Hem Tonsillitis, glandular fever and swollen lymph nodes in children

Tonsillitis, glandular fever and swollen lymph nodes in children

Children with an infection and rash on the face

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Tonsillitis and glandular fever are two throat infections where lymph nodes become very swollen. Symptoms include fever, difficulty swallowing and often bad breath.

Tonsillitis is a streptococcal infection of the throat

Since tonsillitis is a bacterial infection caused by streptococcus, antibiotics can help, although they are not necessary in all cases. Often tonsillitis heals in a few weeks. However antibiotics speed up the healing process by a few days and reduce the spread in the meantime.

Read more about antibiotics and penicillin in children

Acetaminophen and, if necessary, ibuprofen, reduces pain in the throat and makes it easier for children to drink fluids. Cold ice cream can also soothe throat pain and is often easier to take than hot liquids.

Read more about acetaminophen and ibuprofen for children

If the child with tonsillitis becomes worn out and depleted between fever peaks, you must seek medical care. Streptococcus can spread and in rare cases, cause sepsis.

Read more about fever in children here

Acetaminophen for the first few days can be given for the pain.

Glandular fever or mononucleosis (the “kissing disease”)

Glandular fever is a viral infection in the throat that causes exactly the same symptoms as tonsillitis. In addition, it can cause abdominal pain, liver enlargement, rashes and sometimes even jaundice. Glandular fever is caused by the virus EBV, which even after the symptoms disappear, settles dormant in the body for the rest of its life.

This child has swollen lymph nodes on her neck but also a rash on her face. She’s got glandular fever.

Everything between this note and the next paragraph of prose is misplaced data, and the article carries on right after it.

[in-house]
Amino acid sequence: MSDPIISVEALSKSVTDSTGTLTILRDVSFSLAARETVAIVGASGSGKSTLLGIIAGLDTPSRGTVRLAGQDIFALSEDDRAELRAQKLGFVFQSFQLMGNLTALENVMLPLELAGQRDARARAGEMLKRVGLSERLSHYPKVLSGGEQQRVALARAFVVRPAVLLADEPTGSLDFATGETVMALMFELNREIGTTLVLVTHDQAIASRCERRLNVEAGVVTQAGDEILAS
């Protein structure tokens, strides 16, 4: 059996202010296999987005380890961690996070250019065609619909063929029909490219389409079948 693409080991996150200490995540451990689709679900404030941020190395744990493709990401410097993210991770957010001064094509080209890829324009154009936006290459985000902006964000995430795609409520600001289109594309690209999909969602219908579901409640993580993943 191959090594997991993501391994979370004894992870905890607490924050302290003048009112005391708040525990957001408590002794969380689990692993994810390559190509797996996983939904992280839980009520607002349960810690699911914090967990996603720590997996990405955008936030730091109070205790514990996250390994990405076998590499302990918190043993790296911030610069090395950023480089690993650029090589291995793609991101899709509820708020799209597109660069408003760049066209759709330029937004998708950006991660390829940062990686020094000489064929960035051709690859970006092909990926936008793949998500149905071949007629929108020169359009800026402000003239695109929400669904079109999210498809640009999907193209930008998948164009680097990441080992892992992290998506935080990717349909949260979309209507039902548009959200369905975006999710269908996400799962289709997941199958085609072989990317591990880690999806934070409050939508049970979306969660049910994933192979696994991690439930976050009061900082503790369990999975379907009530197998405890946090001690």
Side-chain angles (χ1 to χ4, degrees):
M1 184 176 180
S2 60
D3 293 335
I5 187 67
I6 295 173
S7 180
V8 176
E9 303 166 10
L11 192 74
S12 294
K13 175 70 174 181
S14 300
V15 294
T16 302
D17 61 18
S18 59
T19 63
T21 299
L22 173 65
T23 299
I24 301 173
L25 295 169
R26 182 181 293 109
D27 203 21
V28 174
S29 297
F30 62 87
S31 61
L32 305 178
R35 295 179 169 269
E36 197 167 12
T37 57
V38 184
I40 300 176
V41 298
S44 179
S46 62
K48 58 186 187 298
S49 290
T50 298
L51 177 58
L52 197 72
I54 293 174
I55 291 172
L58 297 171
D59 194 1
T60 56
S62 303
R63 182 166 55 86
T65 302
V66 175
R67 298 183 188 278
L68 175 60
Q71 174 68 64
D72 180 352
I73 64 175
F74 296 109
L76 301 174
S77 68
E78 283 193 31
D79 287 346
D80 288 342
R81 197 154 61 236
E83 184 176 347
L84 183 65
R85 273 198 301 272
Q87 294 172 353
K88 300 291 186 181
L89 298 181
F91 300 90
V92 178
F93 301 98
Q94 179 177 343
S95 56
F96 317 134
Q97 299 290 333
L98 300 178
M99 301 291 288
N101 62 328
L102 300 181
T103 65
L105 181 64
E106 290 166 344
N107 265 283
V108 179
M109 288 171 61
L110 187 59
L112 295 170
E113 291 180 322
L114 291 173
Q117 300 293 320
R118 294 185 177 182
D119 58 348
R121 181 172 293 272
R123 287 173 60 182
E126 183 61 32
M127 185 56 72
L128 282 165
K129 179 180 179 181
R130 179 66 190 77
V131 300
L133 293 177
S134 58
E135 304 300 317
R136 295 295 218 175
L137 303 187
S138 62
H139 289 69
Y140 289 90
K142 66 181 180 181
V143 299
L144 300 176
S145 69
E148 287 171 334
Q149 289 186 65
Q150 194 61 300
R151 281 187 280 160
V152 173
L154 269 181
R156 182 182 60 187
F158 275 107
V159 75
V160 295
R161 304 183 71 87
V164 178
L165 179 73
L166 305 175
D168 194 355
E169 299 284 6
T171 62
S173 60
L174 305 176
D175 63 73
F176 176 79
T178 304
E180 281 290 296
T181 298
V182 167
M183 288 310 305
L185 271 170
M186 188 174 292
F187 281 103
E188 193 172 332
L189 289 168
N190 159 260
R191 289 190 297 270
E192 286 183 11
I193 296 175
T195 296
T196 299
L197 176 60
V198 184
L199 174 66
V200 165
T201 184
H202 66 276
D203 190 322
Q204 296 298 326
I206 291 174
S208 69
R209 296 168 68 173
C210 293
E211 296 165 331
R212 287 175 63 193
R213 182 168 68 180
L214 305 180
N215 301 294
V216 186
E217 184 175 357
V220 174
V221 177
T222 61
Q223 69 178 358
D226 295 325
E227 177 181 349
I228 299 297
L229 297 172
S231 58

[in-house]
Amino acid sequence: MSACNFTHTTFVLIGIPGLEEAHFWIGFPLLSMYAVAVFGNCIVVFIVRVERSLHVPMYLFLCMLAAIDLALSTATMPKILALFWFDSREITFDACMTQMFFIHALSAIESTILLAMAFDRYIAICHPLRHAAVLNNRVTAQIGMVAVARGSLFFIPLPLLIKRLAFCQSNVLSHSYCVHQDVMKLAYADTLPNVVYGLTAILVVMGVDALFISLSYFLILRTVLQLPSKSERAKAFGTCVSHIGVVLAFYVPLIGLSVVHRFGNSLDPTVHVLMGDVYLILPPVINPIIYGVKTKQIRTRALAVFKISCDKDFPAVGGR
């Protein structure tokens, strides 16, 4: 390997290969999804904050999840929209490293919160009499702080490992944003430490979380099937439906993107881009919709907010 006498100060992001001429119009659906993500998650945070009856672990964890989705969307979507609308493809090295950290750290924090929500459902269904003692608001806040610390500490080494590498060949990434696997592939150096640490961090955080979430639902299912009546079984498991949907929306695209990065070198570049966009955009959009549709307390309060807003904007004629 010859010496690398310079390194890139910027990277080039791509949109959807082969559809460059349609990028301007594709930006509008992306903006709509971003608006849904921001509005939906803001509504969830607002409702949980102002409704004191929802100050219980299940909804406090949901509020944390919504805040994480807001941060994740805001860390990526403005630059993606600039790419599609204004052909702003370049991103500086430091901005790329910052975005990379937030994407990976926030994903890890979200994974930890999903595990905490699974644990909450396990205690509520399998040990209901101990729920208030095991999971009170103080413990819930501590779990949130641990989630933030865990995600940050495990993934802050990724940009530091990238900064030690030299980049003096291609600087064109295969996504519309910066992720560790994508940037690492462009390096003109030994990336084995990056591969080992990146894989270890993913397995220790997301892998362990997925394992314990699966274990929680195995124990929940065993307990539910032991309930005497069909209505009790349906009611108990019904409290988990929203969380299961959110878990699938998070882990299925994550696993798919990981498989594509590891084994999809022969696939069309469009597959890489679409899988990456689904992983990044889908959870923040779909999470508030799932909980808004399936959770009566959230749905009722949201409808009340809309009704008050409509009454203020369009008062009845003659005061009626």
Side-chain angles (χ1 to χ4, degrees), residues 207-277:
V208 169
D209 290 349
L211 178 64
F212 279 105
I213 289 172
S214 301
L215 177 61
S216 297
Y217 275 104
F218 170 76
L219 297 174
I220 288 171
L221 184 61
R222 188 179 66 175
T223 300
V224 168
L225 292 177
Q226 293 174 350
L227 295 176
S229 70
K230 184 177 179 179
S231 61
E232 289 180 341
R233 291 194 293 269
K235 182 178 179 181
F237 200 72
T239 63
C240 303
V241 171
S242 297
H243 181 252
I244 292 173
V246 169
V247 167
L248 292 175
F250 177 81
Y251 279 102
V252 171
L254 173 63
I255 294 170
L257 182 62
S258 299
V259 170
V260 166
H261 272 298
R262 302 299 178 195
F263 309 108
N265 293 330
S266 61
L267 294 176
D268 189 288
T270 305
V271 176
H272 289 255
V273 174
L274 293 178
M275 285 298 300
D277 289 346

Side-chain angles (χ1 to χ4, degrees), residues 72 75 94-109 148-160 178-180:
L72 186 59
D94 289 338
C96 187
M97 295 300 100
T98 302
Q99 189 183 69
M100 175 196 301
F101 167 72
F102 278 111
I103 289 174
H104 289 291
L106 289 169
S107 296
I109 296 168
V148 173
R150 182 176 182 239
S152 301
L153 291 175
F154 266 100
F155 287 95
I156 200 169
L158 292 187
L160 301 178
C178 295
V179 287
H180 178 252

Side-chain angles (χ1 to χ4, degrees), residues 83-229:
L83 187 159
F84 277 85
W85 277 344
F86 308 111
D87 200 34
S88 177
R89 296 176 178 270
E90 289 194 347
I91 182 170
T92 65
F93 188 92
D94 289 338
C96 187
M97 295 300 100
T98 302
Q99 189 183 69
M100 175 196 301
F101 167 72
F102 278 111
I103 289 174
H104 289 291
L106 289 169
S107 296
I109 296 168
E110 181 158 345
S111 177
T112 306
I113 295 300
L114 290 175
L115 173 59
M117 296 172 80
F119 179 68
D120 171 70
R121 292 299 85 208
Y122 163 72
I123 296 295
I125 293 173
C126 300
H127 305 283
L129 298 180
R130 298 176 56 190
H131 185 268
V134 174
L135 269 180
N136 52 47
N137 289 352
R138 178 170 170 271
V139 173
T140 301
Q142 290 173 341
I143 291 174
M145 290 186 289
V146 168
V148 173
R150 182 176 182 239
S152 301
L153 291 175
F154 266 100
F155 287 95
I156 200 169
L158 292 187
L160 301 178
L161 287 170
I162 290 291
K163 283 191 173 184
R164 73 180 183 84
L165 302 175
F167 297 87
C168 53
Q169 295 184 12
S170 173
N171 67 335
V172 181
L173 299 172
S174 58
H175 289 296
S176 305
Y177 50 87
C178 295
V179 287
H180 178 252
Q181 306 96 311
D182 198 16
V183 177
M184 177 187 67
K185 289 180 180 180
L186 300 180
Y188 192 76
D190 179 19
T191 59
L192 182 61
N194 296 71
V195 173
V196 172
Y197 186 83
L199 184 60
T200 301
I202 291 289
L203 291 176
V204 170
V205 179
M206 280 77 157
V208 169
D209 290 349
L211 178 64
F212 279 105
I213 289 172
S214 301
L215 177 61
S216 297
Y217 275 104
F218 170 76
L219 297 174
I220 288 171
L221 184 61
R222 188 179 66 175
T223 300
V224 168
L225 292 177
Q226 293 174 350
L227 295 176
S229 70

In glandular fever, antibiotics never help. The commonly prescribed antibiotic amoxicillin (Amoxil), will even cause a measles-shaped, extremely itchy rash as a side effect, if given for glandular fever.

You get glandular fever once in a lifetime, and that’s enough. The infection can last for several weeks and the fatigue afterwards can last up to six months.

Distinguish between tonsillitis and glandular fever

To distinguish between tonsillitis and glandular fever, a throat test is needed. It is a quick test for streptococcus (StrepA test) and if it is positive, it is highly likely that the child has streptococcus-induced tonsillitis.

However, children often have streptococcus in their throats even if they are not sick, so it is not completely safe. There are also streptococcus other than group A. These do not show up in a quick test. So if the child is seriously ill, it’s a good idea to take a bacterial culture if the quick test is negative.

Read more about streptococcus in children

To diagnose glandular fever, a blood test for antibodies to the EBV virus is required. Depending on when in the course of the test you take the sample, different blood tests are required. In glandular fever, you also need to have a liver function test.

Distinguish between tonsillitis and the common cold

Most colds begin with a sore throat and fever. But unlike tonsillitis or glandular fever, colds present with a runny nose, coughing and sneezing soon thereafter. Wait a few days and see if the pain in the throat gets better and if the fever passes. Then there’s no need for a doctor’s appointment. The risk of going to the doctor for a cold, is that a stressed doctor may perform throat tests for streptococcus without thinking carefully. If the child is a carrier of streptococci, the sample will be positive. You’ll be unnecessarily prescribed phenoxymethylpenicillin (Penicillin VK) to give for a week. It’ll have no effect, but risks side effects.

Read more about sore throats and colds in children

Repeated tonsillitis

Some children get tonsillitis many times. If your child has had tonsillitis more than three times in the past year, ask for a referral to the ear-nose-throat doctor. They can assess whether to remove the tonsils. This can reduce the number of tonsillitis in future. There is no need to remove the tonsils if you only have tonsillitis occasionally.

Bacterial infection of a lymph node – bacterial lymphadenitis

Sometimes bacteria settles into a single gland on the neck that then grows really large, often upwards of five centimetres. Children often have a fever, and the glands are red and sometimes aching.

Such an infection is called bacterial lymphadenitis. Generally, it needs to be treated with penicillin, sometimes IV. Seek medical care within the next 24 hours.

A greatly enlarged lymph node on the neck is often bacterial lymphadenitis.
Read more:

Penicillin or antibiotics in children, Penicillin VK, Floxapen or Amoxil?

Sore throats and colds in children

Read more about streptococcus in children

Blisters in the mouth in children

Fever in babies and children – what to do and when is the fever too high?

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